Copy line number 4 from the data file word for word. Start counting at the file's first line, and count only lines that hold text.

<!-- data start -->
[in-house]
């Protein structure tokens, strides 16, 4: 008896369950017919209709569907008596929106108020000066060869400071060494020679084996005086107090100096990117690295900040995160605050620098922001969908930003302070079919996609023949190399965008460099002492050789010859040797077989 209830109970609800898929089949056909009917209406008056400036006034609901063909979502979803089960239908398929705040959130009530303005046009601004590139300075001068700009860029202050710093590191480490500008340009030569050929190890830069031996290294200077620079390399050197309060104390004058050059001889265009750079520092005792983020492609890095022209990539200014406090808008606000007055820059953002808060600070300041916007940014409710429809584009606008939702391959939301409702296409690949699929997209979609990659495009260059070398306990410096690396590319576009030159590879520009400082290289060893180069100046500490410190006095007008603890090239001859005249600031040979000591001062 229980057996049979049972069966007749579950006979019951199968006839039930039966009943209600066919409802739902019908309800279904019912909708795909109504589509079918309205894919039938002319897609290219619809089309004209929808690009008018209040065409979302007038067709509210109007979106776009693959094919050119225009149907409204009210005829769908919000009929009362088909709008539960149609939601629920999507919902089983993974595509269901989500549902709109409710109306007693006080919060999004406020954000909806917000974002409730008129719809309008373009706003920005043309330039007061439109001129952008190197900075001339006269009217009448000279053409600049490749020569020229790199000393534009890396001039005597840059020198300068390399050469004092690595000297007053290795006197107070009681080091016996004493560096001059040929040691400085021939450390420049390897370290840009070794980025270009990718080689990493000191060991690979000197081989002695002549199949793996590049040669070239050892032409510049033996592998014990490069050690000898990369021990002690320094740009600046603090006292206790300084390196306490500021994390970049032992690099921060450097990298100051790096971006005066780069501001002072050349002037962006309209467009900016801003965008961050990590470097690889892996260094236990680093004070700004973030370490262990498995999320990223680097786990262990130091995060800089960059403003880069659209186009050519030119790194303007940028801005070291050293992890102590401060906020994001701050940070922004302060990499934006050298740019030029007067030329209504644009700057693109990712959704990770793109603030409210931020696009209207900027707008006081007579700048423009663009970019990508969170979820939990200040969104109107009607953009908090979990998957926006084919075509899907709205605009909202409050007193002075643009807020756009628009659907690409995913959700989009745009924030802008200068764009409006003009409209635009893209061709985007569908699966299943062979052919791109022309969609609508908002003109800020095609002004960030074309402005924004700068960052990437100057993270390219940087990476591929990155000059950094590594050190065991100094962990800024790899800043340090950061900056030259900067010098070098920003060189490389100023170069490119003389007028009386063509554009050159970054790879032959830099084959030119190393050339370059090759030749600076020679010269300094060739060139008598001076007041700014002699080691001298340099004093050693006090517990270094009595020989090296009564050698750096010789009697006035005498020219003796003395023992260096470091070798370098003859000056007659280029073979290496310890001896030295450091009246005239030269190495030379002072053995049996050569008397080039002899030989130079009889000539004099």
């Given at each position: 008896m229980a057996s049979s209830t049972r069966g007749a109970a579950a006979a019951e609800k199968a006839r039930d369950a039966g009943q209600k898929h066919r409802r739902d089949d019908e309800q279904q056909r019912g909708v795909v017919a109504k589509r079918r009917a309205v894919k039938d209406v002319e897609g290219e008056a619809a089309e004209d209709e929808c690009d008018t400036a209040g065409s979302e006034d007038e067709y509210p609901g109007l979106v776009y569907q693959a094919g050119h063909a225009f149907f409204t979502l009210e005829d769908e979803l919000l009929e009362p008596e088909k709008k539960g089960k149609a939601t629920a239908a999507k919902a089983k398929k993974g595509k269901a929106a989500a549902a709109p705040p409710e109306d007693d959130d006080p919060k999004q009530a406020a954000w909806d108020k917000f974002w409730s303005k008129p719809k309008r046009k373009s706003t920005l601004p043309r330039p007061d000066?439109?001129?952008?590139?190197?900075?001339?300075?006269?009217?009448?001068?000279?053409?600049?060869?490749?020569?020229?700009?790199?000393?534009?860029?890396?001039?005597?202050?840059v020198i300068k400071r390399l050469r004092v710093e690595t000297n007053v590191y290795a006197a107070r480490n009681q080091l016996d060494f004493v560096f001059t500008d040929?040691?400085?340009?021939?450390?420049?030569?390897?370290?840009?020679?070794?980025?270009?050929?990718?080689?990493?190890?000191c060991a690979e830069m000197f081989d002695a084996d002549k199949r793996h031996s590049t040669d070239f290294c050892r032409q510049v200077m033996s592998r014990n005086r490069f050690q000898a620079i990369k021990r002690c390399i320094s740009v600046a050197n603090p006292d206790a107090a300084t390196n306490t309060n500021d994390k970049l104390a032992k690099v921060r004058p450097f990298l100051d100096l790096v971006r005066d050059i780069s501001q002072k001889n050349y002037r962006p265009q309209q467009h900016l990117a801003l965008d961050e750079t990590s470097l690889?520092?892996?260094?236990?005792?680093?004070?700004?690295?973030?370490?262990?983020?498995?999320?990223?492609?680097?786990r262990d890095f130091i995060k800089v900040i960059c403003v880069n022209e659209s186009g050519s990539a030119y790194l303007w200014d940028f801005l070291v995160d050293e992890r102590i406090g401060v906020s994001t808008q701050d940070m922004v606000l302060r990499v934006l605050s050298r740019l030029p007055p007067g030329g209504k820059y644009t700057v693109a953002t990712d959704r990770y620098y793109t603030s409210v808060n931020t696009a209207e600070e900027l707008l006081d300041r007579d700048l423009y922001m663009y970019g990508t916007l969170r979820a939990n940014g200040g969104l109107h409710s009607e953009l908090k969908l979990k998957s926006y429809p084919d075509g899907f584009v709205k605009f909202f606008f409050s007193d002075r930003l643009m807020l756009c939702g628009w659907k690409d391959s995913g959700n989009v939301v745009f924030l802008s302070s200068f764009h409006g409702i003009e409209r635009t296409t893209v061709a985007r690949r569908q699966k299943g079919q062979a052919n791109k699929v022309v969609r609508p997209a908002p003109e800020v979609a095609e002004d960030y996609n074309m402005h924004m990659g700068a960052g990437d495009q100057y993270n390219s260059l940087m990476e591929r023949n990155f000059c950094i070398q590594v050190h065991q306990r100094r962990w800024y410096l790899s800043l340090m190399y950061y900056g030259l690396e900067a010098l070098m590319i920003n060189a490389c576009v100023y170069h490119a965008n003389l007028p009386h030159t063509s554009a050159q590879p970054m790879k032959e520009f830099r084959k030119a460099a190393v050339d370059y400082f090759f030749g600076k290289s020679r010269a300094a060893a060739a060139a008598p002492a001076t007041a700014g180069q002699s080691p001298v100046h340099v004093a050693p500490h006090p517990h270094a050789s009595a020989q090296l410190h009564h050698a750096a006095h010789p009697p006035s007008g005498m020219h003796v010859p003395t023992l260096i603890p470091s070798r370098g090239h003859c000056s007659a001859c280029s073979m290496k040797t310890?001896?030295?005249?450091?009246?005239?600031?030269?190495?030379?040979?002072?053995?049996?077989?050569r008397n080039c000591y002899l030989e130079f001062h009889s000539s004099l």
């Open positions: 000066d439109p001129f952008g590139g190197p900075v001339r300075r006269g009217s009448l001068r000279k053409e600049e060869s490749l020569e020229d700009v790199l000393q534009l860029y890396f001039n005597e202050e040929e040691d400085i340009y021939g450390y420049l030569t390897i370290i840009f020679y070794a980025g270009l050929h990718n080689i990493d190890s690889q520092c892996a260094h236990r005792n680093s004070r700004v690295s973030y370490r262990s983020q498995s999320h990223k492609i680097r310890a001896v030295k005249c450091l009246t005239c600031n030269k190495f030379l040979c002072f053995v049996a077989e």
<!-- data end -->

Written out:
């Open positions: 000066d439109p001129f952008g590139g190197p900075v001339r300075r006269g009217s009448l001068r000279k053409e600049e060869s490749l020569e020229d700009v790199l000393q534009l860029y890396f001039n005597e202050e040929e040691d400085i340009y021939g450390y420049l030569t390897i370290i840009f020679y070794a980025g270009l050929h990718n080689i990493d190890s690889q520092c892996a260094h236990r005792n680093s004070r700004v690295s973030y370490r262990s983020q498995s999320h990223k492609i680097r310890a001896v030295k005249c450091l009246t005239c600031n030269k190495f030379l040979c002072f053995v049996a077989e």